The discussion of syphilis at the outset of the twentieth century reflected the tensions and dilemmas regarding colonial rule, and particularly the concern that Africa was slipping beyond control. Similarly, the focus on violent male promiscuity reflects prejudice today. Twice the number of women becoming infected with HIV by half as many men does not make sense if women are largely monogamous, goes the reasoning. The virus is not so easy to transmit that the occasional casual encounter will drive the statistics in such a direction, unless you posit the existence of some super-infective or super-promiscuous males, or a combination of the two. Just as the existence of ‘female animals with strong passions’ (9) were suggested to account for the apparent devastation of syphilis, the prejudiced expectation of violent and sexually promiscuous African men finds a modern justification in what appear as the indisputable facts of HIV and AIDS.

Assuming UNAIDS have their figures correct, however, it is plausible that an alternate source of infection exists. One possibility is that females are exposed to medical care more than their male counterparts, largely through pregnancy, and are at greater risk of receiving the virus iatrogenically – via reused, infected, needles (10). This would also explain why prior UNAIDS figures have been overestimated, since they routinely extrapolate from surveys of pregnant women.

In fact, the possibility of iatrogenic transmission was put forward last year by consultant David Gisselquist (see AIDS in Africa: sense at last). You might expect UNAIDS to have investigated the possibility before putting out a press release that will clearly cause anxiety among African women believing themselves to be in a faithful relationship. A blunt message of deadly infidelity may well cause separation, one-parent families, homelessness, violence against women and other hostilities, all of which will serve as a self-fulfilling prophecy regarding the out-of-control nature of Africa. UNAIDS is aware of the social dislocation that can be caused by a disease, but are surprisingly insensitive to the dislocation created by its own campaigns.

Helping Africa is not complicated. The continent is poor but not devastated. Elimination of African debt and the availability of cheap retroviral drugs and medication for malaria, TB and other established disease would have massive, profound and almost immediate benefits. Instead UNAIDS offers at best a patronising and insulting message to women and young girls that they need to be wary of their husbands and fathers. At worst, this is another ‘civilising’ project that will exacerbate tensions and further strengthen the hand of external agencies in their dominance over African affairs.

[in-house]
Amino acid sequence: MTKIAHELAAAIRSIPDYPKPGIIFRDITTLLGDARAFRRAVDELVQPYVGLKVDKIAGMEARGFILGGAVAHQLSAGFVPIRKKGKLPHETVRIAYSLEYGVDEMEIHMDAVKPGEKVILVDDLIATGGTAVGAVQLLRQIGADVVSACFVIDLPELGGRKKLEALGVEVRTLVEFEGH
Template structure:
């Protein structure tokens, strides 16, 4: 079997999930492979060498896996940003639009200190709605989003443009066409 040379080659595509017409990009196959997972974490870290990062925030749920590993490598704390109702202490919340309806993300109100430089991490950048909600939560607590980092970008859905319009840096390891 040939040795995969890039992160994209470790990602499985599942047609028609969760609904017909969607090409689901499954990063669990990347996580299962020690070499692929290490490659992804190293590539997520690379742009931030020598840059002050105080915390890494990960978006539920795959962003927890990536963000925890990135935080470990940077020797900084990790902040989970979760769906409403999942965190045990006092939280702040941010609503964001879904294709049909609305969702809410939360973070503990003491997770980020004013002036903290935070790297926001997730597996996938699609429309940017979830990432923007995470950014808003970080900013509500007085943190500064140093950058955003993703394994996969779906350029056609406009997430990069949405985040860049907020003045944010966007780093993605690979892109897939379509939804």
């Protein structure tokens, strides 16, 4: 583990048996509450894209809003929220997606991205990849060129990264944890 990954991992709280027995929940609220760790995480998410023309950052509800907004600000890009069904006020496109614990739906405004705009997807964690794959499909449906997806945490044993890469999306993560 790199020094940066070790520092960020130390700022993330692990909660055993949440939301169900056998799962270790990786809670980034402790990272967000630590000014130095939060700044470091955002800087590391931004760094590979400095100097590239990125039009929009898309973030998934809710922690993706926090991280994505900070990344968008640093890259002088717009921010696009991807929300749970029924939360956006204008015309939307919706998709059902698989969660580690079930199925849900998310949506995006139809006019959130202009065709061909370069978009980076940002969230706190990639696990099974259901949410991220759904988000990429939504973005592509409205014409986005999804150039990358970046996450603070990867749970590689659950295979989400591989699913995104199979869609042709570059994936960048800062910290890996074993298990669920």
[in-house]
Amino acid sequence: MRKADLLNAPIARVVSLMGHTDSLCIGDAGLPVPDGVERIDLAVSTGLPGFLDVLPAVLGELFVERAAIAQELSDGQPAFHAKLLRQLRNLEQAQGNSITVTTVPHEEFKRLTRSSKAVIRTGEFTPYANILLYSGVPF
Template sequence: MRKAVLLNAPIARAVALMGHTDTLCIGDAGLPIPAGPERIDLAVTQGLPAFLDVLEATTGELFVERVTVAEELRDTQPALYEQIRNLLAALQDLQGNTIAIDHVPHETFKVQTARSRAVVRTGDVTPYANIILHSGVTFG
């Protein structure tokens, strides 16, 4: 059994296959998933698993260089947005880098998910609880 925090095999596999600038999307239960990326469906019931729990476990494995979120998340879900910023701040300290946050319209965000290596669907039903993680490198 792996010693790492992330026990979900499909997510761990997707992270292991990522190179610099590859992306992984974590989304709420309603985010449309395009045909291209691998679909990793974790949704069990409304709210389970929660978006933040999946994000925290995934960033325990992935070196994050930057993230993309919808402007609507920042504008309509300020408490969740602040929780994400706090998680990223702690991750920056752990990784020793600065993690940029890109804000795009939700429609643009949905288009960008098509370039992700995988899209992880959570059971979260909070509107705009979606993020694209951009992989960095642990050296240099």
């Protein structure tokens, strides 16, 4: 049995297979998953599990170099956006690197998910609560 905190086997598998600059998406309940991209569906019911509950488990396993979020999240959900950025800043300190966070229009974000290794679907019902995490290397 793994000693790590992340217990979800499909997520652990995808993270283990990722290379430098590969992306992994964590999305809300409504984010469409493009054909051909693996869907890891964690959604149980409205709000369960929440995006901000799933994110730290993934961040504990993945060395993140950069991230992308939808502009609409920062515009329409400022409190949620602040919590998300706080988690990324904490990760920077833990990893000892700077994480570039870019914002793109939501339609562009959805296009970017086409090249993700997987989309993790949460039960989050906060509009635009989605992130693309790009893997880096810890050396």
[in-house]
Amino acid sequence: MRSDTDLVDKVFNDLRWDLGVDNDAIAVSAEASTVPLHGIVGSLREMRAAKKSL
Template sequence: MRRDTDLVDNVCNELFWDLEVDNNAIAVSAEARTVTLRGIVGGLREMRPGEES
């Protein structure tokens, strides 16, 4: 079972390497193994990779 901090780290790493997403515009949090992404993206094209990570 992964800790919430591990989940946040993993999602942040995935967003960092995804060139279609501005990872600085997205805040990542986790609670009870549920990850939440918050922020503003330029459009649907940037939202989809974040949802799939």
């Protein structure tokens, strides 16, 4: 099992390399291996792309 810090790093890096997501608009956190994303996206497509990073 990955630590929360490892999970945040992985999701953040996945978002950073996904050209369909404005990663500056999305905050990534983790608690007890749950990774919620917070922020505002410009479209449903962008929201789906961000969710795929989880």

Stuart Derbyshire is an assistant professor in the University of Pittsburgh Department of Anaethesiology. He is a contributor to Animal Experimentation: Good or Bad?, Hodder Murray, 2002 (buy this book from Amazon (UK) or Amazon (USA)).

Read on:

AIDS in Africa: why the West is interested, by Stuart Derbyshire

AIDS in Britain: why complacency is justified

(*) Correction: when first published this article incorrectly stated that the figure would amount ‘to the entire population of the world being infected in 10 years, or that of Africa in less than five’.

(1) WHO criticized for ‘inflating’ AIDS figures. AIDS Analysis Africa, December 1995: 4-5; AIDS is less of a health threat than other diseases in Africa. British Medical Journal 1995; 311: 633.

(2) Aids in Africa: Why the West is interested, by Dr Stuart Derbyshire

(3) Study cuts Kenya HIV estimates, BBC News World Edition, 9 January 2004

(4) Ask the head of UNAIDS, BBC News, 17 November 2003

(5) Therapy Culture: Cultivating Vulnerability in an Uncertain Age, by Frank Furedi, Routledge, 2003 (Buy this book from Amazon(UK); Cellular Phones, Public Fears and a Culture of Precaution, by Adam Burgess, Cambridge University Press, 2003 (Buy this book from Amazon(UK); The Tyranny of Health: Doctors and the Regulation of Lifestyle, by Michael Fitzpatrick, Routledge, 2000 (Buy this book from Amazon(UK); Second Opinion: Doctors, Diseases and Decisions in Modern Medicine [review], by Stuart Derbyshire, British Medical Journal 2003; 327: 399

(6) Global Coalition on Women and AIDS

(7) Carael M, Cleland J, Deheneffe J-C, Ferry B, Ingham R., Sexual behavior in developing countries: implications for HIV control, AIDS 1995;9:1171-1175

(8) Syphilis in colonial East and Central Africa: the social construction of an epidemic, by M. Vaughan, in Epidemics and Ideas: Essays on the Historical Perception of Pestilence, edited by Terence O. Ranger, Paul Slack. Cambridge Press, 1995

(9) Editorial, Lancet 1908; 2: 1022.
(10) David Gisselquist, John J Potterat, StuartBrody, Francois Vachon, Let it be sexual: how health care transmission of AIDS in Africa was ignored, International Journal of STD and AIDS 2003, 14, p148 -161